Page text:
“We had no idea what was happening” needs to be clearly identified as “the great lie” of the years of Nazi power. The harsh truth is that almost everyone had to know. The numbers negate the possibility for collective ignorance. And still the killings did not stop, the torture did not cease, the concentration camps were not closed, the crematoria continued their barbaric task.

The “decent” people were somehow able to rationalize their silence.

Just last year Mary Fulbrook, a distinguished scholar of German history, in “A Small Town Near Auschwitz ”wrote a richly and painfully detailed examination of those Germans who, after the war, successfully cast themselves in the role of innocent bystanders.

“These people have almost entirely escaped the familiar net of ‘perpetrators, victims and bystanders’; yet they were functionally crucial to the eventual possibility of implementing policies of mass murder. They may not have intended or wanted to contribute to this outcome; but, without their attitudes, mentalities, and actions, it would have been virtually impossible for murder on this scale to have taken place in the way that it did. The concepts of perpetrator and bystander need to be amended, expanded, rendered more complex, as our attention and focus shifts to those involved in upholding an ultimately murderous system.”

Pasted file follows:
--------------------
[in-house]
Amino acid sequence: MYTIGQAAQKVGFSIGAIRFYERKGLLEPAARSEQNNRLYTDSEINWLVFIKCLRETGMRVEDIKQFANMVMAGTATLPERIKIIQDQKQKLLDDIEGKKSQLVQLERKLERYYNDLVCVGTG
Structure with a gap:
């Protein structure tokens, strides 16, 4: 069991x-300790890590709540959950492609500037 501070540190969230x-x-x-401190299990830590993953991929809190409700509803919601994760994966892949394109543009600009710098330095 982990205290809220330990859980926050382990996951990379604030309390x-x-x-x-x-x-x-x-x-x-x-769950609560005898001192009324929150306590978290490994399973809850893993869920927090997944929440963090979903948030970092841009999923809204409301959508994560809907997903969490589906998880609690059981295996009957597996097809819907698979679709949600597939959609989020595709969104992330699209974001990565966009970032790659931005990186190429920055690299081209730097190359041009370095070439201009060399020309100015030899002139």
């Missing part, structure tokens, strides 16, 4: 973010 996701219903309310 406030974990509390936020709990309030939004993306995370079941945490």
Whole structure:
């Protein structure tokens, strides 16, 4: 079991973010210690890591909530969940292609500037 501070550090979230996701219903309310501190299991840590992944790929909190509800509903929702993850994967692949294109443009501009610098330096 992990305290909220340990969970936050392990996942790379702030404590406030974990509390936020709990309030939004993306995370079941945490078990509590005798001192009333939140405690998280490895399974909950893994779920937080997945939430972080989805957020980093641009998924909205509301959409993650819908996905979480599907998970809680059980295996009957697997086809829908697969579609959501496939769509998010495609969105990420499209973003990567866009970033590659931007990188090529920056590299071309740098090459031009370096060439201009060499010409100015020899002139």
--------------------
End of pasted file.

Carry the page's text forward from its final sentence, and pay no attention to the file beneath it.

Mary Fulbrook singled out for censure those who lived near Auschwitz. But that was before we learned that Auschwitz was replicated many thousands of times over throughout the continent in ways that could not have gone unnoticed by major parts of the populace. Millions of people were witnesses to small towns like Auschwitz in their own backyards.

And so Elie Wiesel of course was right. The insight that most powerfully needs to be grasped when we reflect upon the Holocaust’s message must be that, “The opposite of love is not hate, it's indifference. The opposite of art is not ugliness, it's indifference. The opposite of faith is not heresy, it's indifference. And the opposite of life is not death, it's indifference.”